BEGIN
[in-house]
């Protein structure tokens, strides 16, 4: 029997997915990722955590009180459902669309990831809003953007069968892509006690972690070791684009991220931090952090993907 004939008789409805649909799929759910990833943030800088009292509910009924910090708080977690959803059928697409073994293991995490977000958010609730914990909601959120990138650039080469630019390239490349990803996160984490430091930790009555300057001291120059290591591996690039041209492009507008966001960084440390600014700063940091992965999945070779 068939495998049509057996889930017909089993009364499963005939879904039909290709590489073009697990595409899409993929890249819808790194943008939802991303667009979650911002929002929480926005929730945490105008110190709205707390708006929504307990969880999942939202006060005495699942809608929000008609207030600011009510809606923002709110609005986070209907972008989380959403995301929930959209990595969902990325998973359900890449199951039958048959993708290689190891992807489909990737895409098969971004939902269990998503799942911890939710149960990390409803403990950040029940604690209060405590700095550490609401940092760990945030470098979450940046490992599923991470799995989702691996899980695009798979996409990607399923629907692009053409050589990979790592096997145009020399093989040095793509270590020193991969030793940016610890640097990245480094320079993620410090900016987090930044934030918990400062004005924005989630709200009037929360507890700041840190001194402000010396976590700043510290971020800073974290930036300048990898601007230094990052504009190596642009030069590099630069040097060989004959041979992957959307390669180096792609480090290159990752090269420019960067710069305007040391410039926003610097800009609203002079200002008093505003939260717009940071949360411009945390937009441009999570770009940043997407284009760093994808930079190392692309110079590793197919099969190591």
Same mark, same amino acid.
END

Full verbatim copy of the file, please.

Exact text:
[in-house]
């Protein structure tokens, strides 16, 4: 029997997915990722955590009180459902669309990831809003953007069968892509006690972690070791684009991220931090952090993907 004939008789409805649909799929759910990833943030800088009292509910009924910090708080977690959803059928697409073994293991995490977000958010609730914990909601959120990138650039080469630019390239490349990803996160984490430091930790009555300057001291120059290591591996690039041209492009507008966001960084440390600014700063940091992965999945070779 068939495998049509057996889930017909089993009364499963005939879904039909290709590489073009697990595409899409993929890249819808790194943008939802991303667009979650911002929002929480926005929730945490105008110190709205707390708006929504307990969880999942939202006060005495699942809608929000008609207030600011009510809606923002709110609005986070209907972008989380959403995301929930959209990595969902990325998973359900890449199951039958048959993708290689190891992807489909990737895409098969971004939902269990998503799942911890939710149960990390409803403990950040029940604690209060405590700095550490609401940092760990945030470098979450940046490992599923991470799995989702691996899980695009798979996409990607399923629907692009053409050589990979790592096997145009020399093989040095793509270590020193991969030793940016610890640097990245480094320079993620410090900016987090930044934030918990400062004005924005989630709200009037929360507890700041840190001194402000010396976590700043510290971020800073974290930036300048990898601007230094990052504009190596642009030069590099630069040097060989004959041979992957959307390669180096792609480090290159990752090269420019960067710069305007040391410039926003610097800009609203002079200002008093505003939260717009940071949360411009945390937009441009999570770009940043997407284009760093994808930079190392692309110079590793197919099969190591």
Same mark, same amino acid.